A few months ago, a friend gave me Born to Run, by Christopher McDougall. I was in a workout rut, and she told me that it would inspire me to put on my sneaks. And it did — the book is a fascinating spin through the world of ultramarathoners, human evolution biologists, and rural Mexican Indian tribes. Beyond that, it’s also responsible for the current barefoot running craze. By now, you’ve probably seen people jogging around in Vibram FiveFingers, the most popular of the so-called barefoot running shoes. And you’ve probably made fun of them — there is a vocal anti-barefoot movement decrying them as dangerous, ineffective, and just plain ugly.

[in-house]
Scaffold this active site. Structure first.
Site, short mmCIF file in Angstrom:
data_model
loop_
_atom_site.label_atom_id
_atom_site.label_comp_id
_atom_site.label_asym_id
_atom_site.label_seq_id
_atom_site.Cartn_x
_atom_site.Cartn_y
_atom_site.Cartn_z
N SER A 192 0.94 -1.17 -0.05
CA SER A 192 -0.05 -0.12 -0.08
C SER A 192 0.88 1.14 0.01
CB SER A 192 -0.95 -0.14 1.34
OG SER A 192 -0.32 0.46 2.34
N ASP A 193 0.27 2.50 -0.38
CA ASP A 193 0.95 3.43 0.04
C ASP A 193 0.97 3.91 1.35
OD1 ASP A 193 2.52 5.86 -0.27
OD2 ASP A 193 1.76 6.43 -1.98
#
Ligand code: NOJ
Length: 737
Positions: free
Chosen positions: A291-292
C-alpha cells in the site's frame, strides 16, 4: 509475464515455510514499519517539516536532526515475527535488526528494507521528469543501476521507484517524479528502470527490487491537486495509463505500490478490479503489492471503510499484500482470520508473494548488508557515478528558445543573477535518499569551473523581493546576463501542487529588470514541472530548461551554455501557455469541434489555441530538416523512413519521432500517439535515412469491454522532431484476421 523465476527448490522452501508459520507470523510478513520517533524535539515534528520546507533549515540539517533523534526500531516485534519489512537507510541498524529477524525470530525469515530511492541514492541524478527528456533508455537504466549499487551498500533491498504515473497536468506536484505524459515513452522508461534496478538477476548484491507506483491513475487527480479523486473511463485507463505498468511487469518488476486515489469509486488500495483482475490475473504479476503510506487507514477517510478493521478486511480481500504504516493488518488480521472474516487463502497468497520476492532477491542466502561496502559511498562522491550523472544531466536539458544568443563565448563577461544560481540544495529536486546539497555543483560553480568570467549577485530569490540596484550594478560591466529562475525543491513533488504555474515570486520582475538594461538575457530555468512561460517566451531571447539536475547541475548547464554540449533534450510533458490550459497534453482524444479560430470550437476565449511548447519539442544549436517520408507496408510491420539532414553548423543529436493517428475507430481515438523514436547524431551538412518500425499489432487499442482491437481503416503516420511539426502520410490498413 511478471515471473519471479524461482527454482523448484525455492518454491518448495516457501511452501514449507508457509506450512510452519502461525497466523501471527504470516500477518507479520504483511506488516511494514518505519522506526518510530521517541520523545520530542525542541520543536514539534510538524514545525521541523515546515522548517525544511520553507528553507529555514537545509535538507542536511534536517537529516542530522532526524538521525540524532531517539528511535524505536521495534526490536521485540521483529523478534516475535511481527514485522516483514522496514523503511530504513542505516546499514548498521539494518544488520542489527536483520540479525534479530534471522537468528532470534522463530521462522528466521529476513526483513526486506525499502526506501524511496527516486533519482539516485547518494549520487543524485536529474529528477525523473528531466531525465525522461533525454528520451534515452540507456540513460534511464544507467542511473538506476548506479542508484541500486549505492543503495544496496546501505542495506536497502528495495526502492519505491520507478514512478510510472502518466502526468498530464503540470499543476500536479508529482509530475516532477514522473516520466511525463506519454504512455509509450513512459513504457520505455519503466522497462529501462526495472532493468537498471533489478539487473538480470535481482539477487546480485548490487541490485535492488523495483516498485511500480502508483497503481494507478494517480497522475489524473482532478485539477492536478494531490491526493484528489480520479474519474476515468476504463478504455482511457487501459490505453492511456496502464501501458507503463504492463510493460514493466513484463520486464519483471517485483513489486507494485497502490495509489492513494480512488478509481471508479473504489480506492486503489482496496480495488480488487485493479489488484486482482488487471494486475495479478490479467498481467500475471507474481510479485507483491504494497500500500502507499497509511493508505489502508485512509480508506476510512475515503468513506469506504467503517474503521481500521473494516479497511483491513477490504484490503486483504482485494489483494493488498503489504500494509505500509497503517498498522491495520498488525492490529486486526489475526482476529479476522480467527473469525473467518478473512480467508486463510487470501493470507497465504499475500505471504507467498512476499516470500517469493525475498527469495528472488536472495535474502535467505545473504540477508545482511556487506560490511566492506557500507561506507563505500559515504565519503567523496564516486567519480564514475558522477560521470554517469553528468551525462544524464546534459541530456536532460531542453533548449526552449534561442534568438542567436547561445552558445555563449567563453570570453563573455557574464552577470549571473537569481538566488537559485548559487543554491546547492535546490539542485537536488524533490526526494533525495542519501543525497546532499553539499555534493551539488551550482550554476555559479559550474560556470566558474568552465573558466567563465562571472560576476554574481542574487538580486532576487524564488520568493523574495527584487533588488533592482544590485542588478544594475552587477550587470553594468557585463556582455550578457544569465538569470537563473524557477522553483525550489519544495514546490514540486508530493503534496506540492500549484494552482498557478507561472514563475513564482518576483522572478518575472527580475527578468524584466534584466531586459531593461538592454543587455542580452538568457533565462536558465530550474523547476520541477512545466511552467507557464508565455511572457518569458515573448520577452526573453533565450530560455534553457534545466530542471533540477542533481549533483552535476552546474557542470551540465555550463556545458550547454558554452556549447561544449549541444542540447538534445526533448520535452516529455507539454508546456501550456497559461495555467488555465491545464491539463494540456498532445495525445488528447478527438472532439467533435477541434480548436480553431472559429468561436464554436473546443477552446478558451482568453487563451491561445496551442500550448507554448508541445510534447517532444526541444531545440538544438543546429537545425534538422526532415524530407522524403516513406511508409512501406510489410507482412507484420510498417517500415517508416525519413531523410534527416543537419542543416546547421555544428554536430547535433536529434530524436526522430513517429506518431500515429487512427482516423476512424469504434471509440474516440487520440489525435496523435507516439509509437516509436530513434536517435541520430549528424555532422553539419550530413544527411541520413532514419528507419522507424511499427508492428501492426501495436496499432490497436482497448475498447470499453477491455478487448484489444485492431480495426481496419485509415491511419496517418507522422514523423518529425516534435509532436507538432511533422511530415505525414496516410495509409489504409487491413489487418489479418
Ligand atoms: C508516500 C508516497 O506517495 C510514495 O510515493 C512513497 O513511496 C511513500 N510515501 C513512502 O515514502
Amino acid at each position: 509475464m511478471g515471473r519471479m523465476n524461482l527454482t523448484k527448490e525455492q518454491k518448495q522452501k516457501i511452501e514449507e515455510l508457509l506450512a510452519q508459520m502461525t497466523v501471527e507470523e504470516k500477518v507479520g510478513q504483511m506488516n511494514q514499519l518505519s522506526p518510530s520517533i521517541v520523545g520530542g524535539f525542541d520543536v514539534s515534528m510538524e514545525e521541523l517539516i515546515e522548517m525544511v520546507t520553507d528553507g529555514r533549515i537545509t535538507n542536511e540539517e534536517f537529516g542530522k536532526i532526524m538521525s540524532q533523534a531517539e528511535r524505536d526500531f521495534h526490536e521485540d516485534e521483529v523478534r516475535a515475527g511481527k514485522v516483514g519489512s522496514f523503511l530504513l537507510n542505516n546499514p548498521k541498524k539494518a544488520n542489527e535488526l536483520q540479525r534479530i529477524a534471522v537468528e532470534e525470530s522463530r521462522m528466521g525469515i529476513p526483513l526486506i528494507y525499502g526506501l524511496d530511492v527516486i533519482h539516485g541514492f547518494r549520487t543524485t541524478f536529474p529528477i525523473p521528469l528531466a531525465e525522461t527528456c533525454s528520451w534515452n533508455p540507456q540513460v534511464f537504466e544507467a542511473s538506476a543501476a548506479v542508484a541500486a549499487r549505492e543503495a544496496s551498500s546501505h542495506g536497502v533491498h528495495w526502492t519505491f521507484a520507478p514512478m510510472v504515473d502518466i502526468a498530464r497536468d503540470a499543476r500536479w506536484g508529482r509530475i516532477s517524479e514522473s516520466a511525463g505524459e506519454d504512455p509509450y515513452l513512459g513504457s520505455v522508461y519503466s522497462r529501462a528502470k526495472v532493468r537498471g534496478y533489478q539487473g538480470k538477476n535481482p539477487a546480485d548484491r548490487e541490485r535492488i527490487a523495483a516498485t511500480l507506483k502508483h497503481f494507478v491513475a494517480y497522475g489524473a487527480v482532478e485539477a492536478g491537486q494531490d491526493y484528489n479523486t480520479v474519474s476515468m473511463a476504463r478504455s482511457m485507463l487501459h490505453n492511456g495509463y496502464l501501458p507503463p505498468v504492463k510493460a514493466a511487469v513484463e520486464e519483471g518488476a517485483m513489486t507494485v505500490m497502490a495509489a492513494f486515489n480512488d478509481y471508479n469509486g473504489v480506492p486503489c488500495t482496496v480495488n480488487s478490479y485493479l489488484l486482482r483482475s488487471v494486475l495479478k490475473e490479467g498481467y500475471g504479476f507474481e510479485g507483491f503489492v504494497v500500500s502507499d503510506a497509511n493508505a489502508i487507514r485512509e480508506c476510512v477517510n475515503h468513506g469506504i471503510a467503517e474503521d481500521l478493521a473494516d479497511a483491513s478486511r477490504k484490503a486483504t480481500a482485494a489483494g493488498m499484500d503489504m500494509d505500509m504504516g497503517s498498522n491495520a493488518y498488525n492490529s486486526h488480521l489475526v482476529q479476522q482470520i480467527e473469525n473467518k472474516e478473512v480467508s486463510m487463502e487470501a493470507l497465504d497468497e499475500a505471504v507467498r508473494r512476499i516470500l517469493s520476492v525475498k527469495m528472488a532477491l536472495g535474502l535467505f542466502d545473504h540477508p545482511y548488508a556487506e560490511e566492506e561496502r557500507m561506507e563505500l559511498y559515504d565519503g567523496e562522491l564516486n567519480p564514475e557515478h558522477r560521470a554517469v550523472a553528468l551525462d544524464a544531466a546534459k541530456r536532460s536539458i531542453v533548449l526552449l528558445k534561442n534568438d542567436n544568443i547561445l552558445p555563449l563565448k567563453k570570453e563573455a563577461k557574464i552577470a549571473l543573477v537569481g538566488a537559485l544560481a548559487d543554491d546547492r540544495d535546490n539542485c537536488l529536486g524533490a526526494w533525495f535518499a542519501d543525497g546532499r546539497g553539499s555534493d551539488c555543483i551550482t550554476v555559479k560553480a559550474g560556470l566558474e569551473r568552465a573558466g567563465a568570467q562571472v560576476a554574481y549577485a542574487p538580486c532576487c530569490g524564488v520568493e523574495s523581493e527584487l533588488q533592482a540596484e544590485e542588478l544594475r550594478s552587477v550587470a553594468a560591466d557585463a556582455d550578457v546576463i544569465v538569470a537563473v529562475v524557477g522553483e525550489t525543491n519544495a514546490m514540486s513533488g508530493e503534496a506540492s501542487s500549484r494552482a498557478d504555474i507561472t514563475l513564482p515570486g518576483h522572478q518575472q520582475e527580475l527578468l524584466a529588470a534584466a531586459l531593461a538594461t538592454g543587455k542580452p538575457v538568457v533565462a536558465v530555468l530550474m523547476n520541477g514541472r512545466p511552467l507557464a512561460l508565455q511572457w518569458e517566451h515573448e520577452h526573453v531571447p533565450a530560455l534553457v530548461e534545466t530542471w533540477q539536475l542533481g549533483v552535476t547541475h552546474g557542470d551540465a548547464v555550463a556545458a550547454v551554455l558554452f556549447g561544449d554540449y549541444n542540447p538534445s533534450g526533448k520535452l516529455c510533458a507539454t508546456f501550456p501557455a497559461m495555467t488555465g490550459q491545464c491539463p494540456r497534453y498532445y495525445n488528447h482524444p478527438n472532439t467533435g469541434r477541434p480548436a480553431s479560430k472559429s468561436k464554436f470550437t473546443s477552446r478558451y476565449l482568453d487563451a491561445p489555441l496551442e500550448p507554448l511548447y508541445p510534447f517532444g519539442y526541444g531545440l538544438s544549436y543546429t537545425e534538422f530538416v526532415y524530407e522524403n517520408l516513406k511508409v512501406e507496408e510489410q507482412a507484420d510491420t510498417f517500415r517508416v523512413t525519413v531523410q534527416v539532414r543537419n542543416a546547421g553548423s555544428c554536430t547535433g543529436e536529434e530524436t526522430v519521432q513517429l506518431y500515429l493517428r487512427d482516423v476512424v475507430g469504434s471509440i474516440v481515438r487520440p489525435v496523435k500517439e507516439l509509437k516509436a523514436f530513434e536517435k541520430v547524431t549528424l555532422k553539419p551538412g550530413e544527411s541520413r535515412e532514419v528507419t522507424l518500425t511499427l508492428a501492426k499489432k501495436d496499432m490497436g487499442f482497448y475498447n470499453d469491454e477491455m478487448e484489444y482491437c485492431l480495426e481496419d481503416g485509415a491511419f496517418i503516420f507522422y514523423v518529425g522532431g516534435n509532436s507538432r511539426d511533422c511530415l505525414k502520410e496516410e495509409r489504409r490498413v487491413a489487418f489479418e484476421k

I haven’t tried Vibrams, mostly because I can’t bring myself to spend money on footwear that looks like it escaped from Teenage Mutant Ninja Turtles. But I am intrigued by the idea that we don’t need overly engineered footwear, with corrective supports, supercharged springs, and other bells and whistles. Shouldn’t running be, you know, simpler?
Enter new minimal sneakers, which have enough protection and cushion to keep you from hurting yourself but not so much that you can’t feel the ground. I’ve been running in New Balance’s brand-new Minimus WR10, which feel light and bouncy but still have plenty of structure. I’m on day four and haven’t had the same foot pains and calf aches that newbie barefoot runners often get, and I’m also feeling springier on my runs (fair to say that this might be a placebo effect). As long as it keeps me running, I’m happy.
Have you tried barefoot running? Do tell!
PS - If you’re going on a run that is going to end at a farmer’s market or coffeeshop (what, you don’t do that?), stick a couple Herban Essentials wipes in your pocket to de-sweat after you finish. Same goes for bike rides!